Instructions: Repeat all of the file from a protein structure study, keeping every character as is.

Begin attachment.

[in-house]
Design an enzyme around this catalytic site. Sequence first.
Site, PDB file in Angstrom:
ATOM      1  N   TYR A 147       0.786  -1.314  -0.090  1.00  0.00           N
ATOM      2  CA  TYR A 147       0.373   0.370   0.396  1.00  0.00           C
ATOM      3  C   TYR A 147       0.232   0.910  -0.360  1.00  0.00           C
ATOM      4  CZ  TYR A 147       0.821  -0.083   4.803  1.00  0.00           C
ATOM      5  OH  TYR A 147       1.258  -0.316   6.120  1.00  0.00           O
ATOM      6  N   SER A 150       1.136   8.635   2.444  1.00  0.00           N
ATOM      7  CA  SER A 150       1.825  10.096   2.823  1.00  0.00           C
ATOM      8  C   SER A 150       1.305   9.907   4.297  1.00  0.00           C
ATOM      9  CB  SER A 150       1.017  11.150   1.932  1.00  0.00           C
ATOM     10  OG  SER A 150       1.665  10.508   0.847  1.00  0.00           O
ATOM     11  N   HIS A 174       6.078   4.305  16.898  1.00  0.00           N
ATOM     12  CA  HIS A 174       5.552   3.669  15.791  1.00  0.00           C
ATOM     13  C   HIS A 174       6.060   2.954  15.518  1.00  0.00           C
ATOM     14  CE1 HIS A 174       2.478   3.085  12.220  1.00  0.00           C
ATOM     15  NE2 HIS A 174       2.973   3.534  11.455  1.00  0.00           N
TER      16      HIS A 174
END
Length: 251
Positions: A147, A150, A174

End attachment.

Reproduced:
[in-house]
Design an enzyme around this catalytic site. Sequence first.
Site, PDB file in Angstrom:
ATOM      1  N   TYR A 147       0.786  -1.314  -0.090  1.00  0.00           N
ATOM      2  CA  TYR A 147       0.373   0.370   0.396  1.00  0.00           C
ATOM      3  C   TYR A 147       0.232   0.910  -0.360  1.00  0.00           C
ATOM      4  CZ  TYR A 147       0.821  -0.083   4.803  1.00  0.00           C
ATOM      5  OH  TYR A 147       1.258  -0.316   6.120  1.00  0.00           O
ATOM      6  N   SER A 150       1.136   8.635   2.444  1.00  0.00           N
ATOM      7  CA  SER A 150       1.825  10.096   2.823  1.00  0.00           C
ATOM      8  C   SER A 150       1.305   9.907   4.297  1.00  0.00           C
ATOM      9  CB  SER A 150       1.017  11.150   1.932  1.00  0.00           C
ATOM     10  OG  SER A 150       1.665  10.508   0.847  1.00  0.00           O
ATOM     11  N   HIS A 174       6.078   4.305  16.898  1.00  0.00           N
ATOM     12  CA  HIS A 174       5.552   3.669  15.791  1.00  0.00           C
ATOM     13  C   HIS A 174       6.060   2.954  15.518  1.00  0.00           C
ATOM     14  CE1 HIS A 174       2.478   3.085  12.220  1.00  0.00           C
ATOM     15  NE2 HIS A 174       2.973   3.534  11.455  1.00  0.00           N
TER      16      HIS A 174
END
Length: 251
Positions: A147, A150, A174